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While many of us were focusing on the holiday last week, it was also National Tax Security Awareness Week. Before we know it, tax season will be upon us. The Better Business Bureau has some suggestions for consumers and business owners for keeping their tax information secure and avoiding tax-related scams.

In 2017, BBB processed approximately 2,400 complaints against tax return preparation services and related businesses (including accountants preparing tax returns). For those complaints, the average amount for which consumers sought BBB’s help was $500.

Tax-related scams are even more prevalent. In 2017, BBB received approximately 3,500 reports to BBB Scam Tracker from consumers regarding con artists claiming to be with the IRS. Scammers use the regular mail, telephone or email to set up individuals, businesses, payroll and tax professionals.

The IRS doesn’t initiate contact with taxpayers by email, text messages or social media channels to request personal or financial information. Recognize the telltale signs of a scam. One of the scams many of us have experienced is the phone scams. The Federal Trade Commission spends endless hours warning consumers of sophisticated scams targeting taxpayers, including recent immigrants. Callers claim to be IRS employees, using fake names and bogus IRS identification badge numbers. They may know a lot about their targets, and they usually alter the caller ID to make it look like the IRS is calling.

Victims are told they owe money to the IRS and it must be paid promptly through a gift card or wire transfer. Victims may be threatened with arrest, deportation or suspension of a business or driver’s license. In many cases, the caller becomes hostile and insulting. Victims may be told they have a refund due to try to trick them into sharing private information. If the phone isn’t answered, the scammers often leave an “urgent” callback request.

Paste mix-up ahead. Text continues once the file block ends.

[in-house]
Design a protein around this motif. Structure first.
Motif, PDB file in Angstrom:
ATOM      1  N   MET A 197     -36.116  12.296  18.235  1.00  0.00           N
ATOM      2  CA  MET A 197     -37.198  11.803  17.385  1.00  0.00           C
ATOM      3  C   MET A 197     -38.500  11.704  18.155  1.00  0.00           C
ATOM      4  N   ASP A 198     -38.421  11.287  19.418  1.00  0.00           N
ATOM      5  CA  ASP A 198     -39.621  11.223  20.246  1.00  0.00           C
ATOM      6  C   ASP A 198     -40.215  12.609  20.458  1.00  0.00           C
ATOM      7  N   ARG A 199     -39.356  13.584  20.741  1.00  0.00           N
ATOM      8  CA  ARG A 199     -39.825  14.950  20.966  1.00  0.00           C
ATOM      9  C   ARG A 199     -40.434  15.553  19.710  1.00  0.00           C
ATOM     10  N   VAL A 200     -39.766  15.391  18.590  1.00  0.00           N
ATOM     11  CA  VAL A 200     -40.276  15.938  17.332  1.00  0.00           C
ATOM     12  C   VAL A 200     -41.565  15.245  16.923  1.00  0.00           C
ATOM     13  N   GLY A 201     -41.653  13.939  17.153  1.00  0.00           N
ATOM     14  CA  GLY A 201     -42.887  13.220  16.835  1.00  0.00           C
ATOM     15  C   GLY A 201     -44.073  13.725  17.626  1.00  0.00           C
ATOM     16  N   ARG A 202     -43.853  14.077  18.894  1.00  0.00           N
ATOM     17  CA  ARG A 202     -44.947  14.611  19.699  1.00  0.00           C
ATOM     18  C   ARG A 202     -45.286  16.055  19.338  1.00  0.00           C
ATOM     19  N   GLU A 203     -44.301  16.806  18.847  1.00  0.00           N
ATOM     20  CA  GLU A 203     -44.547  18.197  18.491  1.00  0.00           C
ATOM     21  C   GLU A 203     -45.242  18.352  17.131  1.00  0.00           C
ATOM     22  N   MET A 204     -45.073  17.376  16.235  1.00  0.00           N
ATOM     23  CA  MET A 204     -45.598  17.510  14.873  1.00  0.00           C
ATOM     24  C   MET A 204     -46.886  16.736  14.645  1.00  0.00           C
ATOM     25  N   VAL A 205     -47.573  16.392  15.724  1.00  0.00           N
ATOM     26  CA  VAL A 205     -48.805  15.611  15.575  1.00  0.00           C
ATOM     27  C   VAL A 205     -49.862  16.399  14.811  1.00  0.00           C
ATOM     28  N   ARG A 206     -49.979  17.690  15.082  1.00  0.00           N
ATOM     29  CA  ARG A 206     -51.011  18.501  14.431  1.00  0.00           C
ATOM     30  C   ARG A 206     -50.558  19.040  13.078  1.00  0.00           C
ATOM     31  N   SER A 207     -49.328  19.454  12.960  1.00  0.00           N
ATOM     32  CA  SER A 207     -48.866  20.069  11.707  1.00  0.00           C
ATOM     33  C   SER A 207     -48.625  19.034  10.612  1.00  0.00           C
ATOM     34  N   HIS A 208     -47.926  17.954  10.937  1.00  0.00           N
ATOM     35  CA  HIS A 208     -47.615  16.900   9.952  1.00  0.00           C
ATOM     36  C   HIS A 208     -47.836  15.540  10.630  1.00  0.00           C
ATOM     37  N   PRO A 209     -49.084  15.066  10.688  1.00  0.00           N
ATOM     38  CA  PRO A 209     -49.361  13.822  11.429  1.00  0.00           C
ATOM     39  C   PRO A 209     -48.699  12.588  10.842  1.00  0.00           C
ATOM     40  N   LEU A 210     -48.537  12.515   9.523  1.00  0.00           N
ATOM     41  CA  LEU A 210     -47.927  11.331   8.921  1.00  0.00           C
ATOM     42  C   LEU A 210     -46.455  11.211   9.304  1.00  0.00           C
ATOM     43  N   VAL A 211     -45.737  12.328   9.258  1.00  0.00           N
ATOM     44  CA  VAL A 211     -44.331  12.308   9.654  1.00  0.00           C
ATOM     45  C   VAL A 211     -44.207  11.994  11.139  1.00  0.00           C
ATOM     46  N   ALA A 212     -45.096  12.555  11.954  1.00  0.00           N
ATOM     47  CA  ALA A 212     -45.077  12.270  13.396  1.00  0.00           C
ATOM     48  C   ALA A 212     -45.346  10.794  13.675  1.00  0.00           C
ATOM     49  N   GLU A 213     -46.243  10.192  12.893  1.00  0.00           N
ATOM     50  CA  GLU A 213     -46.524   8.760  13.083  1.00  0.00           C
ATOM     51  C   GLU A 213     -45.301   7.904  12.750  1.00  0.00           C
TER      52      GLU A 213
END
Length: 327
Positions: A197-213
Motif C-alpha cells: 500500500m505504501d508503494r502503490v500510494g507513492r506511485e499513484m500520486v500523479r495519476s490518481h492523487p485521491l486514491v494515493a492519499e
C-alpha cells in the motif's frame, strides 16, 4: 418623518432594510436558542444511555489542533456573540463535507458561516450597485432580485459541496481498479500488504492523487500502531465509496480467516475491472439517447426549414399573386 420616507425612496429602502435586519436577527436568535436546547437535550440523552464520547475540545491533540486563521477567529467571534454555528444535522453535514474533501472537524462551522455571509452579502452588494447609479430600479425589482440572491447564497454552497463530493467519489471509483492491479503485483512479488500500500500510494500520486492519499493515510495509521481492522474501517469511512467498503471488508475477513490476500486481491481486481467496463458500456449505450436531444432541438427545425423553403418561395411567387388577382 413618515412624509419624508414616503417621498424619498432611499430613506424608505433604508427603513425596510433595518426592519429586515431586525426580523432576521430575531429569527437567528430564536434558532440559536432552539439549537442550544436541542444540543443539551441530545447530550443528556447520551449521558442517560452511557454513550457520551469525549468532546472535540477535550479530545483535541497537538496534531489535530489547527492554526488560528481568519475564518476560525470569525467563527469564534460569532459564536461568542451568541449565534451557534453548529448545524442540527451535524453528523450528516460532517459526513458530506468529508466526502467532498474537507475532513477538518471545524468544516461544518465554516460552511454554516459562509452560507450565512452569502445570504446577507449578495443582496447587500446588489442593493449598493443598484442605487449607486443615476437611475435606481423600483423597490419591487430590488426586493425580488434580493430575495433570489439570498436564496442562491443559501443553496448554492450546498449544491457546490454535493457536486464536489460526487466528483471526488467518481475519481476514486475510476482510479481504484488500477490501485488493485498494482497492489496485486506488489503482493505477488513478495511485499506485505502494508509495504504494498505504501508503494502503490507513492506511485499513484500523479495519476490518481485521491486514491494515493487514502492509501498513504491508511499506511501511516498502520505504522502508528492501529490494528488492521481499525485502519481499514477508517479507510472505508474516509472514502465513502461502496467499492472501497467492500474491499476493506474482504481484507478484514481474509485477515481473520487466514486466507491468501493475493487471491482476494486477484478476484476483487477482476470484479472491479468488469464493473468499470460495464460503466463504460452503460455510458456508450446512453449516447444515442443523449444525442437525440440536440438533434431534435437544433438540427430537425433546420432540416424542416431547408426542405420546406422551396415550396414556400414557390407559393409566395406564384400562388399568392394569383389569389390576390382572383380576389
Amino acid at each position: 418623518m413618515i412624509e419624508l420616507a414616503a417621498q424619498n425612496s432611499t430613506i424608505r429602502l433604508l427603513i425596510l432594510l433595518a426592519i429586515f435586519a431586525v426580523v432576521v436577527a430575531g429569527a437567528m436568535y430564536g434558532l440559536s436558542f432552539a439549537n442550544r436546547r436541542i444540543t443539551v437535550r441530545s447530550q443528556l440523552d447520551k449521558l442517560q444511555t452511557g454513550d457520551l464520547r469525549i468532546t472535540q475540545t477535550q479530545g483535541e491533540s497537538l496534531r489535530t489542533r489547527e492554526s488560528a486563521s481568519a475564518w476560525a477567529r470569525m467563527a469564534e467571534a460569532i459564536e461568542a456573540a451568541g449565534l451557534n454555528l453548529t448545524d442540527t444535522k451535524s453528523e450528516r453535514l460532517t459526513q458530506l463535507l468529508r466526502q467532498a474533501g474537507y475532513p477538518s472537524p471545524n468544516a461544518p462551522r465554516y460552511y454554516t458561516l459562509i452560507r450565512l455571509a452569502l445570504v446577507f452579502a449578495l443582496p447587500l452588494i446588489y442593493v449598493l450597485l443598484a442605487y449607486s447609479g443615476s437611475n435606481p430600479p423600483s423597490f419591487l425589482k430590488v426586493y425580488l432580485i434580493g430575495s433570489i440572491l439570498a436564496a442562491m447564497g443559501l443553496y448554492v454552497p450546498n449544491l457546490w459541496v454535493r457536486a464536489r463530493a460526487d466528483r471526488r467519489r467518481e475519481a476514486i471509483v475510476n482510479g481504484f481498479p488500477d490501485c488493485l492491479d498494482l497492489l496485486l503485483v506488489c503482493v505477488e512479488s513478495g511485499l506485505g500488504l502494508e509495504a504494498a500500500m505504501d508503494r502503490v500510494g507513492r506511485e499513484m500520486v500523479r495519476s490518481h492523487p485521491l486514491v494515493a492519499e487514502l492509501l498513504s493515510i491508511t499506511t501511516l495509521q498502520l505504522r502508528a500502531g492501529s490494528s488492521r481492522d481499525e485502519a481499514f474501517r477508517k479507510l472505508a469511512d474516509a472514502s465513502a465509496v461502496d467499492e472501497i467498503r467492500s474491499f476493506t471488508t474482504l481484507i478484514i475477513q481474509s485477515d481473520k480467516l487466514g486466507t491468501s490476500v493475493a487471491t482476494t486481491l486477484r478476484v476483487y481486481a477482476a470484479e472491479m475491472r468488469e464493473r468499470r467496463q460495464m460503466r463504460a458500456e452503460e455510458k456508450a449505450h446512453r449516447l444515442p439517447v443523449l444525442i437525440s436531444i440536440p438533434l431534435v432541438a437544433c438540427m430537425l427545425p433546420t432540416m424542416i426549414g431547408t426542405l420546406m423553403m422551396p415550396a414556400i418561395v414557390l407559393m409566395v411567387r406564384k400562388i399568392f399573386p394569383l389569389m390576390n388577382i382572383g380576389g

BBB has been cooperating with the IRS by providing the agency with phone numbers reported from consumers to BBB Scam Tracker. Any law enforcement agency can request additional information from Scam Tracker and we are always willing to work with them to help stop this fraud.

Here are some ways consumers and business owners can combat tax fraud:

  • Deal only with trustworthy tax preparation services. Check BBB.org for the latest Business Profile before you engage a company for the first time.
  • Protect personally identifiable information (PII) such as birth date, Social Security numbers, bank accounts, etc.
  • Check out websites carefully and make sure you are accessing the real IRS website (irs.gov) when filing your taxes electronically or inquiring for additional information.

For more information on tax security and tax scams go to bbb.org/taxscams.

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